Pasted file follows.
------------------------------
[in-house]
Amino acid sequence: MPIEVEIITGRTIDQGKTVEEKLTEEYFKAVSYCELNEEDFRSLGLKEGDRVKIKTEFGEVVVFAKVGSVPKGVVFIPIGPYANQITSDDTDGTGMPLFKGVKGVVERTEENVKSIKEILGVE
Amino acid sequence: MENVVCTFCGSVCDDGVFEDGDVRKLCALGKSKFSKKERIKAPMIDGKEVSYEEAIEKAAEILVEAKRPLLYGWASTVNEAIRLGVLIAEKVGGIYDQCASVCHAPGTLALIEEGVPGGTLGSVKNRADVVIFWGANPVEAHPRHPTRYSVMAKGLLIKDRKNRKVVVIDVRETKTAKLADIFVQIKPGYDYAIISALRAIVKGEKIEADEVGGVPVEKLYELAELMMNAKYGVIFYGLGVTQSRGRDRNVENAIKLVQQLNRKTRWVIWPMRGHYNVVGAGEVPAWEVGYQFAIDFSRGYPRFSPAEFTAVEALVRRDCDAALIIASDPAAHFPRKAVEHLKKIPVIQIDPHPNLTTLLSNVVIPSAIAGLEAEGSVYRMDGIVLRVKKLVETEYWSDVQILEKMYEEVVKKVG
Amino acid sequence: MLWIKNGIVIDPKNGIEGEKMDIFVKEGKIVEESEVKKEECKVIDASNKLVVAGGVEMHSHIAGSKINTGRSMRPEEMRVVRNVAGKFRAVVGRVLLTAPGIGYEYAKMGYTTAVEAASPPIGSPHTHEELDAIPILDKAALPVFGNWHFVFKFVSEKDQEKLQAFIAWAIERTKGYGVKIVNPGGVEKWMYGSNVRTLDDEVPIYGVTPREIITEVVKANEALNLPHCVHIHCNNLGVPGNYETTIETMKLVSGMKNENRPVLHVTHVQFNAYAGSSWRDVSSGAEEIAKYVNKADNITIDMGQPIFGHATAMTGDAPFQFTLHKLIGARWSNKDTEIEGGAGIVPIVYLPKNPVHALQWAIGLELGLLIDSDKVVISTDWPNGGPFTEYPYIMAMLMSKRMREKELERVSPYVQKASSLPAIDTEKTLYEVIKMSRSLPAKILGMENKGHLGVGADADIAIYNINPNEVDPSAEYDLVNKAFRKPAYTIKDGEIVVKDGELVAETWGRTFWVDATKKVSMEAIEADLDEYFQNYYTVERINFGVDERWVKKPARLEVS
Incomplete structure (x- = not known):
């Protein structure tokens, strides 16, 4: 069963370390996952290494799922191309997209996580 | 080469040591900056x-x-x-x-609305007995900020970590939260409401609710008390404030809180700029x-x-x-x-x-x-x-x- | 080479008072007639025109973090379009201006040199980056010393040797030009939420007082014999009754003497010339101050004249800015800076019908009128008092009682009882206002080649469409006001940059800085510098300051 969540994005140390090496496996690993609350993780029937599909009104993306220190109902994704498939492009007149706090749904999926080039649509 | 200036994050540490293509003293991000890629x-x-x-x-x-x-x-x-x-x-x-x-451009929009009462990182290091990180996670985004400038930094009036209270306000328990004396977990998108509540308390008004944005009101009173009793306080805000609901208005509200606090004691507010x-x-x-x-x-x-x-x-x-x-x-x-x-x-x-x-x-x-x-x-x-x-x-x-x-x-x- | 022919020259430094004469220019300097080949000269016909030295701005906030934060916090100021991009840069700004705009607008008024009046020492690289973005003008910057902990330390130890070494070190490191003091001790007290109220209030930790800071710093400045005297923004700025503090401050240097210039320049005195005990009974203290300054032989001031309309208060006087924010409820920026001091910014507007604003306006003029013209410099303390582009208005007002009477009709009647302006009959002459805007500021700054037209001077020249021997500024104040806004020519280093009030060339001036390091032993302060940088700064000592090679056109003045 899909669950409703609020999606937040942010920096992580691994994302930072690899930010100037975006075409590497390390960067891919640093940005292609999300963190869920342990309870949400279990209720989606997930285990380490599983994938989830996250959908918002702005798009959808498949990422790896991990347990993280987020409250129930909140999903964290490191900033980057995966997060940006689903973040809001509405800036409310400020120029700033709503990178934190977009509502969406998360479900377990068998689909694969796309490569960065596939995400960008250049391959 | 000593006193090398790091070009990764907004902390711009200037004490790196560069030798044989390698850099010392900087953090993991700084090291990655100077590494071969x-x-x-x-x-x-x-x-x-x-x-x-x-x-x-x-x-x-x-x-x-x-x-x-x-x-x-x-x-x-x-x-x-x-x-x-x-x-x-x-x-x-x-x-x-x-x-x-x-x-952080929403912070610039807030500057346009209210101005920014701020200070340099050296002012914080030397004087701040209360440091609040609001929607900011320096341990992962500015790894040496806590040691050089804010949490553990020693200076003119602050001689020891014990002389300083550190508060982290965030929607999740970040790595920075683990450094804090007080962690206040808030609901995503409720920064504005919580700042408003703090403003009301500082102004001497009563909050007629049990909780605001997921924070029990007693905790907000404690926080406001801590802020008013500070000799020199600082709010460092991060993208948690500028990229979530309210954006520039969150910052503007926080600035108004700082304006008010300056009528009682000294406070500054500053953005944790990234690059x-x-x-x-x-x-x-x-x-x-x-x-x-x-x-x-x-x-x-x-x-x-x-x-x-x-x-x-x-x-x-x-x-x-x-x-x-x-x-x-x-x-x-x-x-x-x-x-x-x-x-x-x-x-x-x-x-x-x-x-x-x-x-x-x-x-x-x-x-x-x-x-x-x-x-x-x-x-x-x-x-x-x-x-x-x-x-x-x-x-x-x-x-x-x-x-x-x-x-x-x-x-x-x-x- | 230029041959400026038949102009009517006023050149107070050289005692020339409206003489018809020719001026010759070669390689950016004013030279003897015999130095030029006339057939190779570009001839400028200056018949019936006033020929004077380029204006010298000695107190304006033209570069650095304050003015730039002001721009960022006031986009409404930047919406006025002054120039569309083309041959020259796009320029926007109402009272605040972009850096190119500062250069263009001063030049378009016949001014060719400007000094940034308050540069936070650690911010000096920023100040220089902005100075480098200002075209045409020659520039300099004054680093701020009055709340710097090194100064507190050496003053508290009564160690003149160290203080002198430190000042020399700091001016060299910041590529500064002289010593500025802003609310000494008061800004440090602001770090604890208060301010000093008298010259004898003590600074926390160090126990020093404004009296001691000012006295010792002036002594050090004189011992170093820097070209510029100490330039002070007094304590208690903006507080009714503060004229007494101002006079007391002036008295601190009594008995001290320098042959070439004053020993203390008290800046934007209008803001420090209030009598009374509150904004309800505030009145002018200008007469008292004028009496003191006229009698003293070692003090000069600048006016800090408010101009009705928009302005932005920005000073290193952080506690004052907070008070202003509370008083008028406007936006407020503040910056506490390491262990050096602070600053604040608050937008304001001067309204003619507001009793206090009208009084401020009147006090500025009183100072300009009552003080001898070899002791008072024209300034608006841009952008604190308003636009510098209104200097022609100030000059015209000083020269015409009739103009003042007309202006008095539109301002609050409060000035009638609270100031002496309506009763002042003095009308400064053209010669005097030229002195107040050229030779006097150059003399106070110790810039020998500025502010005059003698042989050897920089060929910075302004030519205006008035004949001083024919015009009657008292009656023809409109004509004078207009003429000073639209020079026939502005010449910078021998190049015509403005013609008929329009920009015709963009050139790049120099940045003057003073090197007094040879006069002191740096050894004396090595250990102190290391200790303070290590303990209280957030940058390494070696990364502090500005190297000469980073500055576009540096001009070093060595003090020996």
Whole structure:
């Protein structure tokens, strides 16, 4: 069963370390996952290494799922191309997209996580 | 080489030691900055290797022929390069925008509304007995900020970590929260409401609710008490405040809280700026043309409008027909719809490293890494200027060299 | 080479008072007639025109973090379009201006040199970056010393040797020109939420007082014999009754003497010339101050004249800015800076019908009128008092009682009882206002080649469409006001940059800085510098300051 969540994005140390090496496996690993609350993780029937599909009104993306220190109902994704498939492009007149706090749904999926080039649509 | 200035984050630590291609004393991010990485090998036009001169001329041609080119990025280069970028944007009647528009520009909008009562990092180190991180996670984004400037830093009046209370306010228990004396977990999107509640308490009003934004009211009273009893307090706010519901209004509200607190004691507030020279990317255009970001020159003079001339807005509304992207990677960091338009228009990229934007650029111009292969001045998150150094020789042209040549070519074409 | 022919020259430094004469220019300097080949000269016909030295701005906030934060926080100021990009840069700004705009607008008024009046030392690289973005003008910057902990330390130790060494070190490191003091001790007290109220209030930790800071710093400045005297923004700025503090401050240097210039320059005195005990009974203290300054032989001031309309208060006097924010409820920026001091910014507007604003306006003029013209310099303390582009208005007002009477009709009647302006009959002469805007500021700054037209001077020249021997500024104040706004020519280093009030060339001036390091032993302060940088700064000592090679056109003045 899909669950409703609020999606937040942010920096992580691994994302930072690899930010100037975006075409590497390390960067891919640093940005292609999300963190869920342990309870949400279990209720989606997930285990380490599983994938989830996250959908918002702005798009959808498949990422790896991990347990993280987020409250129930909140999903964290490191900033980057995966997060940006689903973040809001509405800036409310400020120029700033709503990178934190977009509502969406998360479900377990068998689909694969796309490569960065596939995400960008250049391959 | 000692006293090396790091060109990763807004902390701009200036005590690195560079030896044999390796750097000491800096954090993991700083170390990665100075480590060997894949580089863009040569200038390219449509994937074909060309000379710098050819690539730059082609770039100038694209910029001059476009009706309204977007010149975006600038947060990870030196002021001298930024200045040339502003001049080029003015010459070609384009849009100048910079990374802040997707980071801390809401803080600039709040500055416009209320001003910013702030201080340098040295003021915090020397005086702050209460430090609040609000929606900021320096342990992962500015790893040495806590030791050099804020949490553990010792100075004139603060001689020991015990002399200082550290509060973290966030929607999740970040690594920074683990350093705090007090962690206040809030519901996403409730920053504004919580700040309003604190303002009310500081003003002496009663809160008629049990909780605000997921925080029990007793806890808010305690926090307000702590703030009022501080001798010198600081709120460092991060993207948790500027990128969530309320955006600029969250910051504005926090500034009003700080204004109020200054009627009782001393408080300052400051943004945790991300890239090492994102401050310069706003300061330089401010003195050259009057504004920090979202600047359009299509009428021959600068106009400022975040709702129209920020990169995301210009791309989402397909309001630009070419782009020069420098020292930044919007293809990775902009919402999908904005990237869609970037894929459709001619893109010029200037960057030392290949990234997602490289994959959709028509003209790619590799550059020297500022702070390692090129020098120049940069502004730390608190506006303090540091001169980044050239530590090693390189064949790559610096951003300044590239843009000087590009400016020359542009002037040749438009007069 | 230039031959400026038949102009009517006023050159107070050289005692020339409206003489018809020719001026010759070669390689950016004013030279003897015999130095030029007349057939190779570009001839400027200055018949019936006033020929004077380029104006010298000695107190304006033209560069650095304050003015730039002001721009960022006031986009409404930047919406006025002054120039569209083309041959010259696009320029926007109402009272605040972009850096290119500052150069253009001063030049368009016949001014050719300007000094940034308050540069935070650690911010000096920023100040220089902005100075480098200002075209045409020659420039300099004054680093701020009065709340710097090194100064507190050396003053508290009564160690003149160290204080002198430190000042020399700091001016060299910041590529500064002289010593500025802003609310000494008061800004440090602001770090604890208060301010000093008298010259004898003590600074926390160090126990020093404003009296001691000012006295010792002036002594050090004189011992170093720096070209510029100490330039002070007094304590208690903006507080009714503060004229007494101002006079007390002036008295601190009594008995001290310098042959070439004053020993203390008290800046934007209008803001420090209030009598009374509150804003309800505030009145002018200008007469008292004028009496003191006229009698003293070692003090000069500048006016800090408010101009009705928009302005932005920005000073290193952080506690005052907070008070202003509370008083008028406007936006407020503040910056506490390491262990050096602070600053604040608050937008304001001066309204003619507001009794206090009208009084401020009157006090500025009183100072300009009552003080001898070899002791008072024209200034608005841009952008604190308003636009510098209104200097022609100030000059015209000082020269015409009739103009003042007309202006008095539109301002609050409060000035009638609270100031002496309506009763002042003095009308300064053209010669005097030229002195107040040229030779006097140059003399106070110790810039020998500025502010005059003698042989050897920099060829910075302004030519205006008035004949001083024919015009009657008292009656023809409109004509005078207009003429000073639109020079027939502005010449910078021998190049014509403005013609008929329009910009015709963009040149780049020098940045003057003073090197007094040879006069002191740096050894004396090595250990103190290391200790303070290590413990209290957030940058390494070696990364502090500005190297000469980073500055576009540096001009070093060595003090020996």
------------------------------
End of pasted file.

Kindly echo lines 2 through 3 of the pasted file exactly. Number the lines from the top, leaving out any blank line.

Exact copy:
Amino acid sequence: MPIEVEIITGRTIDQGKTVEEKLTEEYFKAVSYCELNEEDFRSLGLKEGDRVKIKTEFGEVVVFAKVGSVPKGVVFIPIGPYANQITSDDTDGTGMPLFKGVKGVVERTEENVKSIKEILGVE
Amino acid sequence: MENVVCTFCGSVCDDGVFEDGDVRKLCALGKSKFSKKERIKAPMIDGKEVSYEEAIEKAAEILVEAKRPLLYGWASTVNEAIRLGVLIAEKVGGIYDQCASVCHAPGTLALIEEGVPGGTLGSVKNRADVVIFWGANPVEAHPRHPTRYSVMAKGLLIKDRKNRKVVVIDVRETKTAKLADIFVQIKPGYDYAIISALRAIVKGEKIEADEVGGVPVEKLYELAELMMNAKYGVIFYGLGVTQSRGRDRNVENAIKLVQQLNRKTRWVIWPMRGHYNVVGAGEVPAWEVGYQFAIDFSRGYPRFSPAEFTAVEALVRRDCDAALIIASDPAAHFPRKAVEHLKKIPVIQIDPHPNLTTLLSNVVIPSAIAGLEAEGSVYRMDGIVLRVKKLVETEYWSDVQILEKMYEEVVKKVG